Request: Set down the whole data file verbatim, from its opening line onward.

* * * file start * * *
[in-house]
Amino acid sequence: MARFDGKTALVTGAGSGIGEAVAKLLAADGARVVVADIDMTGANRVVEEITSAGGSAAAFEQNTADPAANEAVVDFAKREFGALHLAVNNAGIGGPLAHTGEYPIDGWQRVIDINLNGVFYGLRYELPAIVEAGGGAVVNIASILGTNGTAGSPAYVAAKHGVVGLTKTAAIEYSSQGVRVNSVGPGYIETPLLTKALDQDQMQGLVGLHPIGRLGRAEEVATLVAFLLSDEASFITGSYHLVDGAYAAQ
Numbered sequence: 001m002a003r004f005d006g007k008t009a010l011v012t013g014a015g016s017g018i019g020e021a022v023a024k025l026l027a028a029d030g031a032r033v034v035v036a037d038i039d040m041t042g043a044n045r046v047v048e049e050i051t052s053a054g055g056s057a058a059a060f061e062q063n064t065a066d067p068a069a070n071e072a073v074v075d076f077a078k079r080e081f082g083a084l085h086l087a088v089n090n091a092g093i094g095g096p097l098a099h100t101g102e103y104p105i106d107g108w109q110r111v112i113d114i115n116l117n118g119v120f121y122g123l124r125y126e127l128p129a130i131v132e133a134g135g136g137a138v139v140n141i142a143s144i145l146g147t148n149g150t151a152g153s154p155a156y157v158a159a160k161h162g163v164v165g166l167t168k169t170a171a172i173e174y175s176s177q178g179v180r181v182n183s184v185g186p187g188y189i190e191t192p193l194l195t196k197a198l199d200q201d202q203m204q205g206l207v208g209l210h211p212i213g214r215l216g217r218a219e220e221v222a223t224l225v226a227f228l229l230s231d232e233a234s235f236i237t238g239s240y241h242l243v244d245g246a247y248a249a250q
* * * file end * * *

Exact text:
[in-house]
Amino acid sequence: MARFDGKTALVTGAGSGIGEAVAKLLAADGARVVVADIDMTGANRVVEEITSAGGSAAAFEQNTADPAANEAVVDFAKREFGALHLAVNNAGIGGPLAHTGEYPIDGWQRVIDINLNGVFYGLRYELPAIVEAGGGAVVNIASILGTNGTAGSPAYVAAKHGVVGLTKTAAIEYSSQGVRVNSVGPGYIETPLLTKALDQDQMQGLVGLHPIGRLGRAEEVATLVAFLLSDEASFITGSYHLVDGAYAAQ
Numbered sequence: 001m002a003r004f005d006g007k008t009a010l011v012t013g014a015g016s017g018i019g020e021a022v023a024k025l026l027a028a029d030g031a032r033v034v035v036a037d038i039d040m041t042g043a044n045r046v047v048e049e050i051t052s053a054g055g056s057a058a059a060f061e062q063n064t065a066d067p068a069a070n071e072a073v074v075d076f077a078k079r080e081f082g083a084l085h086l087a088v089n090n091a092g093i094g095g096p097l098a099h100t101g102e103y104p105i106d107g108w109q110r111v112i113d114i115n116l117n118g119v120f121y122g123l124r125y126e127l128p129a130i131v132e133a134g135g136g137a138v139v140n141i142a143s144i145l146g147t148n149g150t151a152g153s154p155a156y157v158a159a160k161h162g163v164v165g166l167t168k169t170a171a172i173e174y175s176s177q178g179v180r181v182n183s184v185g186p187g188y189i190e191t192p193l194l195t196k197a198l199d200q201d202q203m204q205g206l207v208g209l210h211p212i213g214r215l216g217r218a219e220e221v222a223t224l225v226a227f228l229l230s231d232e233a234s235f236i237t238g239s240y241h242l243v244d245g246a247y248a249a250q